All fifteen All Blacks are condensed into one half of the field, and the two wide forwards who would typically be playing in the near 15 metre zone (#6 Jerome Kaino and #2 Codie Taylor) are far further infield, close to the centre spot. The attacking focus is far narrower than normal for New Zealand, and the All Blacks have a local 5-on4 advantage as Barrett goes to make the in-pass to Kieran Read.

The same principles are at work on next phase after Read’s carry:

View it here

The All Black ball-carrier off 9 (#4 Brodie Retallick) once again chooses to cut back inside the pressure brought by the Lions’ hooker Jamie George:

Retallick’s inside move opens up some possibilities on the interior of the defence in the second frame. With George already on the wrong side of the ball, suddenly all of Aaron Smith (1), Sam Cane (2) and Joe Moody (3) are in play against one defender – the Lions’ play-side guard Tadgh Furlong. Looking at their eyes, they understand the opportunities presented very well.

As soon as Retallick manages to free up his right arm in the tackle, all of his support runners come alive:

The target area is exposed with both Furlong and George committed to tackling Retallick, the Lions’ defensive half-back Conor Murray on the far side of the ruck, and four All Black support runners flooding the zone.

In the event, Retallick picks out Smith in the hole with three other All Blacks still running in support:

Summary
The French general and master strategist, Napoleon Bonaparte, once said, “The art of war consists of always being able (even with an inferior army) to mobilize stronger forces than the enemy at the point of attack – at the local point of attack.”

The All Black policy against the Lions’ rush defence in the first Test at Eden Park certainly brought that maxim to life.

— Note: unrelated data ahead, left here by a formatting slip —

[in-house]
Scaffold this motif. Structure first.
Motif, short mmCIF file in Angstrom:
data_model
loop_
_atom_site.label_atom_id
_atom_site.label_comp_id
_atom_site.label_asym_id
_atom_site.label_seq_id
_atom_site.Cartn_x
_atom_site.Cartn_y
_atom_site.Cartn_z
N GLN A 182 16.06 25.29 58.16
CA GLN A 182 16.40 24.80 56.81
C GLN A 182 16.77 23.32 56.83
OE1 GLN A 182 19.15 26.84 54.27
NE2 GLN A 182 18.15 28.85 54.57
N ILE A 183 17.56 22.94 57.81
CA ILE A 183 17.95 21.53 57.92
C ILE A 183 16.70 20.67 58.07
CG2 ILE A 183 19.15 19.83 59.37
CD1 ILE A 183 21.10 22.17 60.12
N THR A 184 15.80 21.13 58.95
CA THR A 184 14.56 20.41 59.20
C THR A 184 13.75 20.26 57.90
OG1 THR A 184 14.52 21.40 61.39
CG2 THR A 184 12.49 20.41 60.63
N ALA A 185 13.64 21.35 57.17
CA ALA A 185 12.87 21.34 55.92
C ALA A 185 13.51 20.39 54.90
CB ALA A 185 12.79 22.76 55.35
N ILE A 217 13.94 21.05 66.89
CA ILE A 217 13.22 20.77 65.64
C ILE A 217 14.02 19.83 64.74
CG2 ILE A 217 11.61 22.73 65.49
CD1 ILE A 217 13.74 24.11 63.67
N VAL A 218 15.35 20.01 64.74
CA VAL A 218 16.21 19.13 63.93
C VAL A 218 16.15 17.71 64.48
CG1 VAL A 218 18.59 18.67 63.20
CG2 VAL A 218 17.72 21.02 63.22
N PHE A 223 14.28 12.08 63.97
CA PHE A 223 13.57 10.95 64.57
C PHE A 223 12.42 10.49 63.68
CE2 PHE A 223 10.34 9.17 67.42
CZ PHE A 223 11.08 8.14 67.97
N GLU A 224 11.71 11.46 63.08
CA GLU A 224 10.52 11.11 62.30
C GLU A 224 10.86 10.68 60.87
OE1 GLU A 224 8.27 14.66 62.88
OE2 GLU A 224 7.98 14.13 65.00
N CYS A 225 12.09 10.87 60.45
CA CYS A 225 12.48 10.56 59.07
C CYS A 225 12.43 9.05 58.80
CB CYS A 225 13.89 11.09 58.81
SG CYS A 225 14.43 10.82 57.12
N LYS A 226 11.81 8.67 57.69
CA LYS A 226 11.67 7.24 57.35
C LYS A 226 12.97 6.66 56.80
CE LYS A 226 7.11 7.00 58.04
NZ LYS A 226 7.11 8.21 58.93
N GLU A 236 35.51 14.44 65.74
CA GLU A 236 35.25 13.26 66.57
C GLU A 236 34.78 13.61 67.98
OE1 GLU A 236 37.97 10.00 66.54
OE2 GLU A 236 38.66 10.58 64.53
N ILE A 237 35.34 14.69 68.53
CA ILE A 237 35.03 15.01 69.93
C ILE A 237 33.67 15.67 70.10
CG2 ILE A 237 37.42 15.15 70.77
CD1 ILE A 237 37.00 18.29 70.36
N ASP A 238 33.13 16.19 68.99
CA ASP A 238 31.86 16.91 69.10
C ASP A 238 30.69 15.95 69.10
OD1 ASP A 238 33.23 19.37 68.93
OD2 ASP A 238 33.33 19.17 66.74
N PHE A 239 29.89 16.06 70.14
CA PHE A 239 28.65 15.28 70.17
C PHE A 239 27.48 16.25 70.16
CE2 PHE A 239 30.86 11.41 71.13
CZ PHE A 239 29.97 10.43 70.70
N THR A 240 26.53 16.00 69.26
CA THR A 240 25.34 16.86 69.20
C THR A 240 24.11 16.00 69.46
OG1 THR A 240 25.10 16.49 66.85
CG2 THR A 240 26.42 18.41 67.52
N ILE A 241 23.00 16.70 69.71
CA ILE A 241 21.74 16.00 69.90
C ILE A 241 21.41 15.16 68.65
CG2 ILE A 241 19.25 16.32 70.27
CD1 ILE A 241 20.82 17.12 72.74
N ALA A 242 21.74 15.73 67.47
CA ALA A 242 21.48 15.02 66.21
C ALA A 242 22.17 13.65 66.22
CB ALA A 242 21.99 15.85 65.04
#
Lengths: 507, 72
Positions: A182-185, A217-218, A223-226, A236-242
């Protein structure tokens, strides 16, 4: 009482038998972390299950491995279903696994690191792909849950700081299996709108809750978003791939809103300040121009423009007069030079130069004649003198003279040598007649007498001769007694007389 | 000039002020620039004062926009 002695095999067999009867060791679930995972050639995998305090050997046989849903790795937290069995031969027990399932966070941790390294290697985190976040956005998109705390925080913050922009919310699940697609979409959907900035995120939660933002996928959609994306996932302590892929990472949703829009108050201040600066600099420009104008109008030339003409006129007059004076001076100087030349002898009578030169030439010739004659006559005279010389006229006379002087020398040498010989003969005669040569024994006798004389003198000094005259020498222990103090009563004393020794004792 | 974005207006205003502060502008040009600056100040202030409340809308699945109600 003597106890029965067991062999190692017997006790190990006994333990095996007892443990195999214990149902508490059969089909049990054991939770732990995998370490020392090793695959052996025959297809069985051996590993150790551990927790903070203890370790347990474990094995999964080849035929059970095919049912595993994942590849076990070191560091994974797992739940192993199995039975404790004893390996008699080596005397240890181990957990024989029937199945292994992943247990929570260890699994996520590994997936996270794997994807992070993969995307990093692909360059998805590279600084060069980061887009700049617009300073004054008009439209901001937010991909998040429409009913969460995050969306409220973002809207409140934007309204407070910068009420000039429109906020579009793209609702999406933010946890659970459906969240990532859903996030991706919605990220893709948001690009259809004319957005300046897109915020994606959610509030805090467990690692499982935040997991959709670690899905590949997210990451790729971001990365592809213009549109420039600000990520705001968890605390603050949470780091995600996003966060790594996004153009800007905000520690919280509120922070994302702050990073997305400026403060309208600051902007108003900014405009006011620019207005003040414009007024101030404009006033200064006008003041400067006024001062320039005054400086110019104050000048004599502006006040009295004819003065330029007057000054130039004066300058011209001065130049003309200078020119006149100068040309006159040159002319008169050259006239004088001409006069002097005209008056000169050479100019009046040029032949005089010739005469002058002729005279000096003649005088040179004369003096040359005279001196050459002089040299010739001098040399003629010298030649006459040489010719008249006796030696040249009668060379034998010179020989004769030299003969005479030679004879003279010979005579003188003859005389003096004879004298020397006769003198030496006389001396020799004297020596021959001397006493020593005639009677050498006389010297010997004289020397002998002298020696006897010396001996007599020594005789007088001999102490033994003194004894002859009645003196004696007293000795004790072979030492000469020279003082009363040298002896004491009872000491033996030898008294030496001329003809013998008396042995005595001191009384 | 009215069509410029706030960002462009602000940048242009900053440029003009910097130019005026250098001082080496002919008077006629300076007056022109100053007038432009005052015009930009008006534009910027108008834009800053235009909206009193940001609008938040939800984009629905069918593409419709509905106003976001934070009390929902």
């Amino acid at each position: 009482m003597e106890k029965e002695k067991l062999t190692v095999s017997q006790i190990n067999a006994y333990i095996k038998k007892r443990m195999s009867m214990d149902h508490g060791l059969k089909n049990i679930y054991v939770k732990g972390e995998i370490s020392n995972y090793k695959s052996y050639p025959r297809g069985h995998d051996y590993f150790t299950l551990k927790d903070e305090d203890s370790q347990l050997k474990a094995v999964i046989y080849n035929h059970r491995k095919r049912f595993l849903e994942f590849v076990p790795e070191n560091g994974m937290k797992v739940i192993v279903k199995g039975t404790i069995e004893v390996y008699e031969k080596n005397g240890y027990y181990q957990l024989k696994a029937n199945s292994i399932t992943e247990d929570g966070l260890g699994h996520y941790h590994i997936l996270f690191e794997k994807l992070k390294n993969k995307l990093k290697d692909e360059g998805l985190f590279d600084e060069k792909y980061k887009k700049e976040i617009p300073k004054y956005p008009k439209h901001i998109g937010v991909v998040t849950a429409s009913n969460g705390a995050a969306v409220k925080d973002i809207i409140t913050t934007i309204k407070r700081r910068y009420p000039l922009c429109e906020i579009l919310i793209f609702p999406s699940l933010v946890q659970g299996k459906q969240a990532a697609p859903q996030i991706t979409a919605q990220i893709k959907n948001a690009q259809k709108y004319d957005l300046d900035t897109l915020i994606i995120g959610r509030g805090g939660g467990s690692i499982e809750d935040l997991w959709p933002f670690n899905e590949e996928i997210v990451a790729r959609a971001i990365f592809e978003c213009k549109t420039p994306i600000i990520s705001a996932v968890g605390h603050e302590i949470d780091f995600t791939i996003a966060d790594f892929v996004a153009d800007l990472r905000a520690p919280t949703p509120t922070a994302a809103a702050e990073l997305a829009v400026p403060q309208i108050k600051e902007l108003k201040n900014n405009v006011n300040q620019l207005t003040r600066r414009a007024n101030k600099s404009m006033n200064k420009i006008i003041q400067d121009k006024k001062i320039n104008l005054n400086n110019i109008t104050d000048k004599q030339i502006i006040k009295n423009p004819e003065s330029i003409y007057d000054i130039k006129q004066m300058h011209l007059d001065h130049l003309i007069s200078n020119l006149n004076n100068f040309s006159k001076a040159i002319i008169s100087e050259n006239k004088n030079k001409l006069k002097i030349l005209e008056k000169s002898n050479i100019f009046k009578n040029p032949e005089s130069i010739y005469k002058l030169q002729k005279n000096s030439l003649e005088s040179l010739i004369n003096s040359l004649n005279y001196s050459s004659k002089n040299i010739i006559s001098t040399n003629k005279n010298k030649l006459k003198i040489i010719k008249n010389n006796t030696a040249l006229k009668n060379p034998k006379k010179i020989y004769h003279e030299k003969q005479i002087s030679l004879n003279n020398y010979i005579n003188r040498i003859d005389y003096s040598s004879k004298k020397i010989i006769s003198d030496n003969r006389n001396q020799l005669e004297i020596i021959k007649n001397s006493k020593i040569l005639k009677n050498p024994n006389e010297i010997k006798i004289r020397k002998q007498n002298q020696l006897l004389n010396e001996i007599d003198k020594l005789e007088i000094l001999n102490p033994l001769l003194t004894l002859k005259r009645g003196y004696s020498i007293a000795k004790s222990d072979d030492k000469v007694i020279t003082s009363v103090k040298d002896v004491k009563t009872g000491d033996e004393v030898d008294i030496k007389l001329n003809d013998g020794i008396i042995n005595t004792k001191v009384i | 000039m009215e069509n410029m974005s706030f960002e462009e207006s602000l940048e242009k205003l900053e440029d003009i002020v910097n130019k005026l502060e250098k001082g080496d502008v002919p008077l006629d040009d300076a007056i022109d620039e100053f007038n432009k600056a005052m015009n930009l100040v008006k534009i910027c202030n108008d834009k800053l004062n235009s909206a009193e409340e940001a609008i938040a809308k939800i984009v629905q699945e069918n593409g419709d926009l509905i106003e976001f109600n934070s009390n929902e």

New Zealand concentrated their attacking resources rather than spreading them across the field as per their typical strategy, looking for the opportunity to gain a local advantage against the Lions’ defenders closest to the breakdown.

Once that advantage became manifest, they used their superior offloading abilities to exploit it and prevent the defence from resetting effectively. It was an object lesson in confounding expectation and playing ‘against pattern’ in order to achieve success.

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Nick has worked as a rugby analyst and advisor to Graham Henry (1999-2002), Mike Ruddock (2004-2006) and latterly Stuart Lancaster (2011-2015). He also worked on the 2001 British & Irish Lions tour to Australia and produced his first rugby book with Graham Henry at the end of the tour. Since then, three more rugby books have followed, all of which of have either been nominated for, or won national sports book awards. The latest is a biography of Phil Larder, the first top Rugby League coach to successfully transfer over to Union. It is entitled “The Iron Curtain”. Nick has also written or contributed to four other books on literature and psychology.